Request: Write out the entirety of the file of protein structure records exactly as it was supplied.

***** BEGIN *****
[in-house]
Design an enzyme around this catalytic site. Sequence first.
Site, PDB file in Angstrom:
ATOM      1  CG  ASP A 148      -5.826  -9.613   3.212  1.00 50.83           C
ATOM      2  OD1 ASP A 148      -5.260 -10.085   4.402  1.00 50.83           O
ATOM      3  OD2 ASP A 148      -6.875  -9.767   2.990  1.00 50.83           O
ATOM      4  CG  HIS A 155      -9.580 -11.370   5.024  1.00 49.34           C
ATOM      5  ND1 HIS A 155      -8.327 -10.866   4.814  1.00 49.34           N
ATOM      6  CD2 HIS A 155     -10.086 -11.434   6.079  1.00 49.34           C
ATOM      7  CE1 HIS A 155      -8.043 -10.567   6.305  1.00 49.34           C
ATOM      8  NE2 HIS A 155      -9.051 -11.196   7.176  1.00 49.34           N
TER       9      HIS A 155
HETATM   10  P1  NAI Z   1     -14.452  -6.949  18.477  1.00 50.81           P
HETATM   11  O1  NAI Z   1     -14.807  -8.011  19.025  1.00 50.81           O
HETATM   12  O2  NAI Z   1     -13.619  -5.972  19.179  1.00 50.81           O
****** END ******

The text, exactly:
[in-house]
Design an enzyme around this catalytic site. Sequence first.
Site, PDB file in Angstrom:
ATOM      1  CG  ASP A 148      -5.826  -9.613   3.212  1.00 50.83           C
ATOM      2  OD1 ASP A 148      -5.260 -10.085   4.402  1.00 50.83           O
ATOM      3  OD2 ASP A 148      -6.875  -9.767   2.990  1.00 50.83           O
ATOM      4  CG  HIS A 155      -9.580 -11.370   5.024  1.00 49.34           C
ATOM      5  ND1 HIS A 155      -8.327 -10.866   4.814  1.00 49.34           N
ATOM      6  CD2 HIS A 155     -10.086 -11.434   6.079  1.00 49.34           C
ATOM      7  CE1 HIS A 155      -8.043 -10.567   6.305  1.00 49.34           C
ATOM      8  NE2 HIS A 155      -9.051 -11.196   7.176  1.00 49.34           N
TER       9      HIS A 155
HETATM   10  P1  NAI Z   1     -14.452  -6.949  18.477  1.00 50.81           P
HETATM   11  O1  NAI Z   1     -14.807  -8.011  19.025  1.00 50.81           O
HETATM   12  O2  NAI Z   1     -13.619  -5.972  19.179  1.00 50.81           O